WILD! Laura and Kate (The Birth Project)
I never knew that it was possible to laugh hysterically whilst also experiencing pangs of sadness. Not until I saw WILD! that is. Such is the power of excellent satire. In a totally unexpected way, Laura and Kate took us on a journey through pregnancy and labour through the eyes of two women walking different paths. The butt of the jokes? Birth culture in all it’s messiness. For me, WILD! Could not have been a more perfect relief after a day of (amazing) mental loading. They were spot on at every turn with perspicacious jokes, animated actions, extensive video compilations and props galore. You’ve gotta love a prop basket!
I feel that I should also briefly mention the venue which was perfect in every way and the food which was superb! There was an unexpected breakfast buffet win and I am personally responsible for eating about 311 mini croissants. The lunch buffet was a smorgasbord of delight and the scrumptious snacks flowed at every break. Also, coffee on tap. Coffee. On. Tap. Enough said.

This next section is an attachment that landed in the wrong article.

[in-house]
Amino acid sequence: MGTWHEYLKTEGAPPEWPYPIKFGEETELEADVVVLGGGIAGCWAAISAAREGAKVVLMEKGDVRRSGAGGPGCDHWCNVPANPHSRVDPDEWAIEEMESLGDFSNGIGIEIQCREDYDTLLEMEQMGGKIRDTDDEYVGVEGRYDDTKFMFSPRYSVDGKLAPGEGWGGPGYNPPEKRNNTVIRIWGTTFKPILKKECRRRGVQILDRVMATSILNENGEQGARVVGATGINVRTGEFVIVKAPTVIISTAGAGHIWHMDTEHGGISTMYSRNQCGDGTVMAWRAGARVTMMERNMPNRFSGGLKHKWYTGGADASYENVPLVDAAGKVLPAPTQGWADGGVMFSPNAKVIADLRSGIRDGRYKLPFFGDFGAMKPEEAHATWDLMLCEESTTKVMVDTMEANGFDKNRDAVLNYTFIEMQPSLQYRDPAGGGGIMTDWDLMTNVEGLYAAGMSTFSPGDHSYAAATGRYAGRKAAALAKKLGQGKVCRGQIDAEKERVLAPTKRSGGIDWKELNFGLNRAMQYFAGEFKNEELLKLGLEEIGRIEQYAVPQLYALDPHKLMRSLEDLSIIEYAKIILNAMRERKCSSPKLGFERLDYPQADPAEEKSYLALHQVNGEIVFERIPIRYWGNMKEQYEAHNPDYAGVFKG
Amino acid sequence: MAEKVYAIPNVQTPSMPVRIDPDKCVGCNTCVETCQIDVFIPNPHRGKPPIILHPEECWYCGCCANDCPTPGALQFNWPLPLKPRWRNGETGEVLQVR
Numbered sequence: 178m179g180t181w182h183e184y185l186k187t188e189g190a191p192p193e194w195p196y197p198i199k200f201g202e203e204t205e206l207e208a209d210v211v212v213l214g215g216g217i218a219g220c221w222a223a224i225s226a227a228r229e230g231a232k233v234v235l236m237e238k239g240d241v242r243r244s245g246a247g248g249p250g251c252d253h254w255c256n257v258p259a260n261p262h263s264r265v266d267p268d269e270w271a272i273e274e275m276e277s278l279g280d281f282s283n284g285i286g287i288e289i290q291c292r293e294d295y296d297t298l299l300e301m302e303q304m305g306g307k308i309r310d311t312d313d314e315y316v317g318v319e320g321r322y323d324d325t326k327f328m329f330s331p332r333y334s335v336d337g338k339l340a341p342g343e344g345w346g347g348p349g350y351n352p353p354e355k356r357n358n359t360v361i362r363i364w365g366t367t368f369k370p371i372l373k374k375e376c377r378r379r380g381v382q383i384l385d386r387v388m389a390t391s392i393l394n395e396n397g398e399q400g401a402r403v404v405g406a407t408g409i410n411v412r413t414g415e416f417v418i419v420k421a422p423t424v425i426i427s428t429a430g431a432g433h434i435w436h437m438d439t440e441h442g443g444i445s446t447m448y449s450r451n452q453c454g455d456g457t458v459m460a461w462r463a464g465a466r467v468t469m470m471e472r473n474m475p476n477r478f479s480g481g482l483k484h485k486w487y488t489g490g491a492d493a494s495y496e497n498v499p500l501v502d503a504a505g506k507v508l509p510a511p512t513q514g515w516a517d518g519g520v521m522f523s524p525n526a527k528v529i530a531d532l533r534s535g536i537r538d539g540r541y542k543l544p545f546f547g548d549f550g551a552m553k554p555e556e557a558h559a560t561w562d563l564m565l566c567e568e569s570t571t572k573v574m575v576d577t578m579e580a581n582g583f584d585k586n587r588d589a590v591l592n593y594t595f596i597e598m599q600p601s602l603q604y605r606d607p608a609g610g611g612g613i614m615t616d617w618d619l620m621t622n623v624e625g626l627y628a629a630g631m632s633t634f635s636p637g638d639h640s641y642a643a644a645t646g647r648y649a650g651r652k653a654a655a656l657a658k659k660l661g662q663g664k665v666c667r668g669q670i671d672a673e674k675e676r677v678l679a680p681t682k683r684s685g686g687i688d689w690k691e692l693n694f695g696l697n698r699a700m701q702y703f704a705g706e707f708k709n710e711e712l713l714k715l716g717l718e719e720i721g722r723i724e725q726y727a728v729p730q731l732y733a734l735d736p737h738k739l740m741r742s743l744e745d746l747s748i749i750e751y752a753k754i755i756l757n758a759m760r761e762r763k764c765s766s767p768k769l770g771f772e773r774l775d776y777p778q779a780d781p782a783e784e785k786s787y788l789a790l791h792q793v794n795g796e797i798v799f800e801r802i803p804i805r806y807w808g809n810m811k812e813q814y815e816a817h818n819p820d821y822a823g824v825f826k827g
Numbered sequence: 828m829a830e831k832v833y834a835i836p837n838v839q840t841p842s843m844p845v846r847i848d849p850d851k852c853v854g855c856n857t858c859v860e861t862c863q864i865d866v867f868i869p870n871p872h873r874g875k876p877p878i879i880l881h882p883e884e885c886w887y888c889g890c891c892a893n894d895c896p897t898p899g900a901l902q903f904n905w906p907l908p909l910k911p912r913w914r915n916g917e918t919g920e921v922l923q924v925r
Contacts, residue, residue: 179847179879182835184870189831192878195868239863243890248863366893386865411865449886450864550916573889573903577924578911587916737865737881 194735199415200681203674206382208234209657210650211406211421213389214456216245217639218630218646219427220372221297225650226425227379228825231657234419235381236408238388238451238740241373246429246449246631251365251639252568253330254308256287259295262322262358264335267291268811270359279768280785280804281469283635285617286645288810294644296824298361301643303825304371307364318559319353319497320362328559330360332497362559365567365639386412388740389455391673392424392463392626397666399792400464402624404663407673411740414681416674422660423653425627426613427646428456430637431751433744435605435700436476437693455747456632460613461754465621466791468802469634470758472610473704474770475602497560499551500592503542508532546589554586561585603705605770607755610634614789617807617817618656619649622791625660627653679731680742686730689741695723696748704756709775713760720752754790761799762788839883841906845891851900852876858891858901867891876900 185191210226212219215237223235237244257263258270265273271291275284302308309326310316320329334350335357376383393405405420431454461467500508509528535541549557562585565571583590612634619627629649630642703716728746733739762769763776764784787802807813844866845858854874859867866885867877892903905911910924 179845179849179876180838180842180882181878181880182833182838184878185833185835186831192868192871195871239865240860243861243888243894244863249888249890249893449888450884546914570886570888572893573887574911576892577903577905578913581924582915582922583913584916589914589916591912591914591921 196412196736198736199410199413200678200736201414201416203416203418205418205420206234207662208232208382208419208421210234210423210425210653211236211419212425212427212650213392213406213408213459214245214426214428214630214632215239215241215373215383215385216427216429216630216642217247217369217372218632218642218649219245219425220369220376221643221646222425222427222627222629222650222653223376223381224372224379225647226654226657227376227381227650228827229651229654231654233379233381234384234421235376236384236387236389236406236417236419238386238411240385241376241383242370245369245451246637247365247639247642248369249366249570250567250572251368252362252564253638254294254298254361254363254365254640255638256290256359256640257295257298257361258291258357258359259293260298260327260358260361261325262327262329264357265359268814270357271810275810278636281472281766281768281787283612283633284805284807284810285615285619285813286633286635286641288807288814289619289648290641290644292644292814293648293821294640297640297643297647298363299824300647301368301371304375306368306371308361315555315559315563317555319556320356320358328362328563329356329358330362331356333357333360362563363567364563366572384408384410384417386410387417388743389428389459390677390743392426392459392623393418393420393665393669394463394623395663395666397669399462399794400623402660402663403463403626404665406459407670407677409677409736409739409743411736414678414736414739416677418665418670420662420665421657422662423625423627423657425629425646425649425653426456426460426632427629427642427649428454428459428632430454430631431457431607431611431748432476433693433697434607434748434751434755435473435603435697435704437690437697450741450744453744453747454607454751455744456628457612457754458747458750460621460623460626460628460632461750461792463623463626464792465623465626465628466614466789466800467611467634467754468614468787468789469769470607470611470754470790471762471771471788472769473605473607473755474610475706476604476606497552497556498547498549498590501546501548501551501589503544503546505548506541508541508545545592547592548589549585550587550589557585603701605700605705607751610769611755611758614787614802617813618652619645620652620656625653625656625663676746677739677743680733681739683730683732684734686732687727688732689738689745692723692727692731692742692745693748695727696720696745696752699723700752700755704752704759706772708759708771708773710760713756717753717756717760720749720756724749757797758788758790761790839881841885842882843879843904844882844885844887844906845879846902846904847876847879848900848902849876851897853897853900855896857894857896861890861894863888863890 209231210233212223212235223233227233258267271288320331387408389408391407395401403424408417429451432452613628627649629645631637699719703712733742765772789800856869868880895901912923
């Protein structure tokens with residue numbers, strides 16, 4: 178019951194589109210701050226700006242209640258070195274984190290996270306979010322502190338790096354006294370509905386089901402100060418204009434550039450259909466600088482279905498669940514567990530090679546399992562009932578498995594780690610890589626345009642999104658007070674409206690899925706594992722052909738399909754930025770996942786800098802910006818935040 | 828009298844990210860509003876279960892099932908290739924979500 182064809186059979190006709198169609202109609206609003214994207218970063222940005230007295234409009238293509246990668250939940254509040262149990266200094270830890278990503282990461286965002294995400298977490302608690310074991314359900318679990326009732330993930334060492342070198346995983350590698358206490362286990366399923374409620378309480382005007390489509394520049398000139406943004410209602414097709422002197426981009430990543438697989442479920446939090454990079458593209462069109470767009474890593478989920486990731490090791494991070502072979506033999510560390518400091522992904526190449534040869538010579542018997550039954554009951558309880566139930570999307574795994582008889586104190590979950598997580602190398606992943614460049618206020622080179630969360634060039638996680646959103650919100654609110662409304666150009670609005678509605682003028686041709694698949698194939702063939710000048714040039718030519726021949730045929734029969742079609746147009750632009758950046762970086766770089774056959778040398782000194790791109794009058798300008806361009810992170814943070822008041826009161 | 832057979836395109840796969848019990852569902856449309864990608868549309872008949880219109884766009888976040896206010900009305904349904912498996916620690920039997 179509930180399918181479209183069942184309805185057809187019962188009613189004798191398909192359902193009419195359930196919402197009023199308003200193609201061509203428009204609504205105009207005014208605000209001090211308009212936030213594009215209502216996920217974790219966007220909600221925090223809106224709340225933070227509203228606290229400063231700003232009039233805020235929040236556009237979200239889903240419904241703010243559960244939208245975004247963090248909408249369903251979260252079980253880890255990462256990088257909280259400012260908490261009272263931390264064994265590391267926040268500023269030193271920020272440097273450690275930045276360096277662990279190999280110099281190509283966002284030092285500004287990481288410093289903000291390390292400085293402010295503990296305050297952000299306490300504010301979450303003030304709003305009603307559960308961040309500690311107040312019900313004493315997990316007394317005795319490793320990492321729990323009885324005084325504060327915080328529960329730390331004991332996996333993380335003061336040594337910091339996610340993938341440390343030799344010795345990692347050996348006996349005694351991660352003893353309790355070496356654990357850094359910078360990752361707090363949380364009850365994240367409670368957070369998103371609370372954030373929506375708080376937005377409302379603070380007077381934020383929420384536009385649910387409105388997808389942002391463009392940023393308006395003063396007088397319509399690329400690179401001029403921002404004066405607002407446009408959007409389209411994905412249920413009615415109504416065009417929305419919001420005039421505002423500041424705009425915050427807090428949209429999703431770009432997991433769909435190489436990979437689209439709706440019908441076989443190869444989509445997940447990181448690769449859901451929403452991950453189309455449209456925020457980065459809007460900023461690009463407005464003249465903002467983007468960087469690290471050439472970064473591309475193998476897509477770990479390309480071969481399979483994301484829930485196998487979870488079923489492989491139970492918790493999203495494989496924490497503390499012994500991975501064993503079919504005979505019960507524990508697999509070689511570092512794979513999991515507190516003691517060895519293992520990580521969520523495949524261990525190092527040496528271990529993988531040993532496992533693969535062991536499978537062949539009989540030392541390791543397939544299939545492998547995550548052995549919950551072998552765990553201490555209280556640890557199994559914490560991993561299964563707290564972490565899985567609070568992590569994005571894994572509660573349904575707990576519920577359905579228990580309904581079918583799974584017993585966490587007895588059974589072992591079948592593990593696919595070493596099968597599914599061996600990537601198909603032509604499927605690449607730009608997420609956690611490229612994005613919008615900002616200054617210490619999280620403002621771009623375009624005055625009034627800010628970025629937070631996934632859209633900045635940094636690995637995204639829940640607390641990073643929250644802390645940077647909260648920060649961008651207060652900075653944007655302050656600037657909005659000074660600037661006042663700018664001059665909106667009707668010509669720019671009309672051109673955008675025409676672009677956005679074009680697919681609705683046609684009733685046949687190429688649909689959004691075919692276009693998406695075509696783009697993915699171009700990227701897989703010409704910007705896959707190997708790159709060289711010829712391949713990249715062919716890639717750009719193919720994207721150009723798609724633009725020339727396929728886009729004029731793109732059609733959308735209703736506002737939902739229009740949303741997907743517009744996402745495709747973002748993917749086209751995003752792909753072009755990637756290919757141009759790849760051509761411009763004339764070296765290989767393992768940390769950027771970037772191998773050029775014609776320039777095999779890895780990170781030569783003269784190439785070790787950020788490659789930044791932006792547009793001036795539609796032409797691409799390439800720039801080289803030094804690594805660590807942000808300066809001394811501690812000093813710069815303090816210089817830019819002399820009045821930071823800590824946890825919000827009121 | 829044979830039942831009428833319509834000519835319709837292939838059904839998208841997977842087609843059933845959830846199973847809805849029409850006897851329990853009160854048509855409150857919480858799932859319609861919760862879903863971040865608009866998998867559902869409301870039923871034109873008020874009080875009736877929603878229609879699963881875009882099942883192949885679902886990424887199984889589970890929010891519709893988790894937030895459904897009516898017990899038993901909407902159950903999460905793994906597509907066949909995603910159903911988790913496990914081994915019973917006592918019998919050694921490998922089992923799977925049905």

So there you have it. A run down on the Sixth Annual Doula UK conference. Like postcards of holiday destinations, this report hasn’t done the day justice. I haven’t mentioned the vibe, the giddy oxytocin atmosphere, the loving hugs, the gentleness, the passion, the tectonic shift that comes from being in a room full of intelligent, resourceful, inspiring, compassionate and loving humans. I haven’t been able to express how energising it is to come together to share and lift each other up. You’ll have to be there next year to find out for yourself what that’s like because no postcard will ever manage to capture that feeling. Of course, no report on the day would be complete without a heartfelt thank you to the incredible work done by so many to orchestrate such a wonderfully curated and jam-packed day. Bravo! Thank you Nikki Mather, Lizzie Jarvis and all involved.
Roll on next year…I can’t wait already!
- Favourite new word: Pudendum
- Favourite new fact: Breastfeeding trauma exists
- Favourite call to action that I acted upon: Show gratitude to those who keep your home
- Favourite new doula birth bag tool: Self belief
- Favourite surprise moment: Swimming in Dzifa’s words
- Favourite moment: All the doula hugs!